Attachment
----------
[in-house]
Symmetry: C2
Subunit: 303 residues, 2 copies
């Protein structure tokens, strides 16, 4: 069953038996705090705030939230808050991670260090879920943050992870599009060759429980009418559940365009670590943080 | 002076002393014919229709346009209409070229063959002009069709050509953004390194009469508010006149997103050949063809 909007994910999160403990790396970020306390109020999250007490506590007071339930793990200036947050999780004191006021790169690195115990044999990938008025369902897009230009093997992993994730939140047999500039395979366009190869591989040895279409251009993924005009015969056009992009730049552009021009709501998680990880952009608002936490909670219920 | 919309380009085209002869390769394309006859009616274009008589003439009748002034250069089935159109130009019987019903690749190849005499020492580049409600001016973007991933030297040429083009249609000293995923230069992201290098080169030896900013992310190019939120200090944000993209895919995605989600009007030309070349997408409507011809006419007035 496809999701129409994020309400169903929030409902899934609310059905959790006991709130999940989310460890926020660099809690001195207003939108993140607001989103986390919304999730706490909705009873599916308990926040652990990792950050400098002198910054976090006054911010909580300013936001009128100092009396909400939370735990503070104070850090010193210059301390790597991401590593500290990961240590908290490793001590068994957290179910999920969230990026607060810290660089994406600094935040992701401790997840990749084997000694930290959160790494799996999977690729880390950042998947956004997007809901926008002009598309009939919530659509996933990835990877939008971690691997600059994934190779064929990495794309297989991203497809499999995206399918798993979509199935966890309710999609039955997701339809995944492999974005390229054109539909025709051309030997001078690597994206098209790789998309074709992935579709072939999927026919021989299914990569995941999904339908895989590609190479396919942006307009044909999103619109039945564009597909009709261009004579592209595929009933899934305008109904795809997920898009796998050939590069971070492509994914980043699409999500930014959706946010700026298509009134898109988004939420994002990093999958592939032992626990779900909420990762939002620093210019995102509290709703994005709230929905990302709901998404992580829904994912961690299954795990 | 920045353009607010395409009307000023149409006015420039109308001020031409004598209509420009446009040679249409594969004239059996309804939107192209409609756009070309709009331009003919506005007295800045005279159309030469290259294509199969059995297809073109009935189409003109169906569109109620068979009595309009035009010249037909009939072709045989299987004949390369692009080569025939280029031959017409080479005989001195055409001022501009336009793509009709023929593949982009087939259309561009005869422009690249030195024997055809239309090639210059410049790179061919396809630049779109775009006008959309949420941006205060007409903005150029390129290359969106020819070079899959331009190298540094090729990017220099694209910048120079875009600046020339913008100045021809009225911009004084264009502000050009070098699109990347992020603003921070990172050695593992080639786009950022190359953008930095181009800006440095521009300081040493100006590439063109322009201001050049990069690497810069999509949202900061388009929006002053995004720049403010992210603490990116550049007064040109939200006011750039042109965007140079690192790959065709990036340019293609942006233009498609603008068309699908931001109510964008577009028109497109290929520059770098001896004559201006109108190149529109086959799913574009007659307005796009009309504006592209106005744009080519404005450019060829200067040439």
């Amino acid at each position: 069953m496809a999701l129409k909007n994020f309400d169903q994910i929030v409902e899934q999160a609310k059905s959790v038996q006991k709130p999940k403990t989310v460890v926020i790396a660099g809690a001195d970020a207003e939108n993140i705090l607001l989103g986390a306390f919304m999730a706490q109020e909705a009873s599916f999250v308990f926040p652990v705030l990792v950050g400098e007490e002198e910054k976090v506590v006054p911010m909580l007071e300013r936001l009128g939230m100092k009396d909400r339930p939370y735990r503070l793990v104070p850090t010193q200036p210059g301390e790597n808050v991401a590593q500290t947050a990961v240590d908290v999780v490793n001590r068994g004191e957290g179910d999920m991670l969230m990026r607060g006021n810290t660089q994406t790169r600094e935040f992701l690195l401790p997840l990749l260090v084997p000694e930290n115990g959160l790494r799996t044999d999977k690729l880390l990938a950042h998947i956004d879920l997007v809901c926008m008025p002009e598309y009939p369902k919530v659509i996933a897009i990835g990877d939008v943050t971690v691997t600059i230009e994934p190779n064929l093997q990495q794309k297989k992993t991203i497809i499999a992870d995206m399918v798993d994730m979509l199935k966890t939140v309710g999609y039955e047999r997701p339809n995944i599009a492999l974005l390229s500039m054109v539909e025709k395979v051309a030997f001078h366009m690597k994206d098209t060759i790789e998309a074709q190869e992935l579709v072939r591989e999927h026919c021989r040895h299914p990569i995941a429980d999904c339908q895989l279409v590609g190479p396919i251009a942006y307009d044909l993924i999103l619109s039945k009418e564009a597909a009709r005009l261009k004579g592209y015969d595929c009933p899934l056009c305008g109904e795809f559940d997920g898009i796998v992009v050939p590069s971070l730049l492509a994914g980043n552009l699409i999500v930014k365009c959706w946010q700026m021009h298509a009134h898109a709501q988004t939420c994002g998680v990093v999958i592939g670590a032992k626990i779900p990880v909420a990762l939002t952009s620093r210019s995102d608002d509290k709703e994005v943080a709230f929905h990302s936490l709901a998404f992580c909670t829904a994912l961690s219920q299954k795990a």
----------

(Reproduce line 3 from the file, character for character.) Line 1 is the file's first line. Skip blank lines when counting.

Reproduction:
Subunit: 303 residues, 2 copies